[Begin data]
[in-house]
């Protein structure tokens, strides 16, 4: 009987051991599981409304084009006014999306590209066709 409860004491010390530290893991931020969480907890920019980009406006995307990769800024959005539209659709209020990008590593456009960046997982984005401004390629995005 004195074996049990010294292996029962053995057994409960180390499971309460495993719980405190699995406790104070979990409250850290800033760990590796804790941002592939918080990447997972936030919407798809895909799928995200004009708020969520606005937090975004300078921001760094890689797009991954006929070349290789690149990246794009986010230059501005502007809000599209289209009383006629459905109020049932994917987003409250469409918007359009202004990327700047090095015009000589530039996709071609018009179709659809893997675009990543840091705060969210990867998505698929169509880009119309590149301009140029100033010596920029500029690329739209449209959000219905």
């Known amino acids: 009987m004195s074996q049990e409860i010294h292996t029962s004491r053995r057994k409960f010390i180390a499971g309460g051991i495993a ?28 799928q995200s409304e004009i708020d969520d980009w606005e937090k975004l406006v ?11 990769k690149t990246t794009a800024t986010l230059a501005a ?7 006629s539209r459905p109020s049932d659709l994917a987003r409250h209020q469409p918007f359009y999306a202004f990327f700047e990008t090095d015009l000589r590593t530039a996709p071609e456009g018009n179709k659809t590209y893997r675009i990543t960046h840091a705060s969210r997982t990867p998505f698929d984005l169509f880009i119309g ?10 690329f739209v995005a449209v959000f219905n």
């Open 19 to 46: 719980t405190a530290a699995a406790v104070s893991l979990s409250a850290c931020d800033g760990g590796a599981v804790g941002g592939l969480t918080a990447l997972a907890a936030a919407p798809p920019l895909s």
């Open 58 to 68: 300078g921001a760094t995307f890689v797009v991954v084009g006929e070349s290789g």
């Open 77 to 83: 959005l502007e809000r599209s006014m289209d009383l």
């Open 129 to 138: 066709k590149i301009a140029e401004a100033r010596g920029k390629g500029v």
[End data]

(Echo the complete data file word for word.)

[in-house]
């Protein structure tokens, strides 16, 4: 009987051991599981409304084009006014999306590209066709 409860004491010390530290893991931020969480907890920019980009406006995307990769800024959005539209659709209020990008590593456009960046997982984005401004390629995005 004195074996049990010294292996029962053995057994409960180390499971309460495993719980405190699995406790104070979990409250850290800033760990590796804790941002592939918080990447997972936030919407798809895909799928995200004009708020969520606005937090975004300078921001760094890689797009991954006929070349290789690149990246794009986010230059501005502007809000599209289209009383006629459905109020049932994917987003409250469409918007359009202004990327700047090095015009000589530039996709071609018009179709659809893997675009990543840091705060969210990867998505698929169509880009119309590149301009140029100033010596920029500029690329739209449209959000219905």
């Known amino acids: 009987m004195s074996q049990e409860i010294h292996t029962s004491r053995r057994k409960f010390i180390a499971g309460g051991i495993a ?28 799928q995200s409304e004009i708020d969520d980009w606005e937090k975004l406006v ?11 990769k690149t990246t794009a800024t986010l230059a501005a ?7 006629s539209r459905p109020s049932d659709l994917a987003r409250h209020q469409p918007f359009y999306a202004f990327f700047e990008t090095d015009l000589r590593t530039a996709p071609e456009g018009n179709k659809t590209y893997r675009i990543t960046h840091a705060s969210r997982t990867p998505f698929d984005l169509f880009i119309g ?10 690329f739209v995005a449209v959000f219905n």
């Open 19 to 46: 719980t405190a530290a699995a406790v104070s893991l979990s409250a850290c931020d800033g760990g590796a599981v804790g941002g592939l969480t918080a990447l997972a907890a936030a919407p798809p920019l895909s």
């Open 58 to 68: 300078g921001a760094t995307f890689v797009v991954v084009g006929e070349s290789g």
């Open 77 to 83: 959005l502007e809000r599209s006014m289209d009383l």
């Open 129 to 138: 066709k590149i301009a140029e401004a100033r010596g920029k390629g500029v």